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Wakayama Castle was believed to be built by Toyotomi Hideyoshi in 1585 when he conquered Kishu and ordered his younger brother Hidenaga, who served as his second-in-command, to make a castle with Toudo Takatora on Mt Torafusu. After the Battle of Sekigahara in 1600, Hidenaga moved to Koriyama Castle. After that, Tokugawa Ieyasu's tenth son, Yorinobu, became the castle's lord in 1619. At that time, Yorinobu established the Kishu Tokugawa family, one of the three Tokugawa families. In 1621, the castle was renovated, and the castle town was expanded. Later, a three-story large keep, a two-story small keep, and Turrets connecting by corridors (linked keep style) were built. This style was used in Edo Castle, Himeji Castle, and Matsuyama Castle, and Wakayama Castle was also approved as a linked keep-style castle. The castle tower was fired and destroyed by lightning in 1846 and rebuilt in 1850 but was again destroyed by the Wakayama Air Raid on July 9, 1945. The current castle tower was reconstructed in 1958 under the direction of Michio Fujioka, professor emeritus at the Tokyo Institute of Technology, at the request of Wakayama City. The castle was used reinforced concrete construction. Although the materials and structure are different, the restored appearance is so good that it can be compared with photographs.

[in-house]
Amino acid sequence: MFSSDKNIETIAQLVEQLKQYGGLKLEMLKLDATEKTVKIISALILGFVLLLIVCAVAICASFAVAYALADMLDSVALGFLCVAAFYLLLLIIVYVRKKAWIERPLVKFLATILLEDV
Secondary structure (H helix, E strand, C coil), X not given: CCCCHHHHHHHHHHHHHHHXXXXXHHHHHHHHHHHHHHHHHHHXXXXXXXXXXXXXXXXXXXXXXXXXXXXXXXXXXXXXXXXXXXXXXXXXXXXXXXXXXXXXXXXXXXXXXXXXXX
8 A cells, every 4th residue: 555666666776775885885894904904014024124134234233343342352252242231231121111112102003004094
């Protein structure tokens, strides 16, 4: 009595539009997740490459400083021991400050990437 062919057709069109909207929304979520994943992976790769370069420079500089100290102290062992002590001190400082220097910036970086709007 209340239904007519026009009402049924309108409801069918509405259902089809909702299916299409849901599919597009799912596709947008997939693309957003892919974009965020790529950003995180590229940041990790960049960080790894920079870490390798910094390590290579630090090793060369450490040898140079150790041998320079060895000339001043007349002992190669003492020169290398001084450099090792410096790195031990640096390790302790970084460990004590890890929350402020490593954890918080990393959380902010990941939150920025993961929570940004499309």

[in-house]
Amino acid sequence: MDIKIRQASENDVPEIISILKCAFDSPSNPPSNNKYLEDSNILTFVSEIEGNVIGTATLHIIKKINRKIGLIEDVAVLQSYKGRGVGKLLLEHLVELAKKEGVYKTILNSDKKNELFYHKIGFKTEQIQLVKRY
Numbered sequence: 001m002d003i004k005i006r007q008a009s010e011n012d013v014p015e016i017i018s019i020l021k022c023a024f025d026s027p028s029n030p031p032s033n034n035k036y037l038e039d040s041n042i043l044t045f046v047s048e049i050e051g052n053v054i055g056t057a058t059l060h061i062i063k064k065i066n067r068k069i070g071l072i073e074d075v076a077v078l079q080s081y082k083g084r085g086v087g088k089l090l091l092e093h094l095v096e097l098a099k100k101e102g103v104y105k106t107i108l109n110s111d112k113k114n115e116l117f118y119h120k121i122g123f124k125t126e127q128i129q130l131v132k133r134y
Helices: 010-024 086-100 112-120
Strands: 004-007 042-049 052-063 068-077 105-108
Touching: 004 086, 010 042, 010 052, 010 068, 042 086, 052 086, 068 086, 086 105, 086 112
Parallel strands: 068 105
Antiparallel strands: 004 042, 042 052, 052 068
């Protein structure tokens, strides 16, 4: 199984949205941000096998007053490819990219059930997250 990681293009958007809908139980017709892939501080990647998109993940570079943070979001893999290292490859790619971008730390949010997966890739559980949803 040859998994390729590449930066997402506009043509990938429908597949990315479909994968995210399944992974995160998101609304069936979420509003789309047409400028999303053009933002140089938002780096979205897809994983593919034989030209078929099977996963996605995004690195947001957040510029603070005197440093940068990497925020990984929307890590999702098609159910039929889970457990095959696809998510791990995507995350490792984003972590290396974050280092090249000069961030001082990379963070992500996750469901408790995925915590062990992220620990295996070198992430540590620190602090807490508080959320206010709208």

3 Ichibancho, Wakayama-shi, Wakayama 640-8146, Japan
Many artifacts and documents related to the Tokugawa family are on display inside the building.
Wakayama IC=>Miyagaido=>Sannenzaka Dori=>Wakayama Castle (about 20 minutes)
From JR Wakayama Station, take a bus (Line 0 or 25) and get off at the Koen-mae bus stop.
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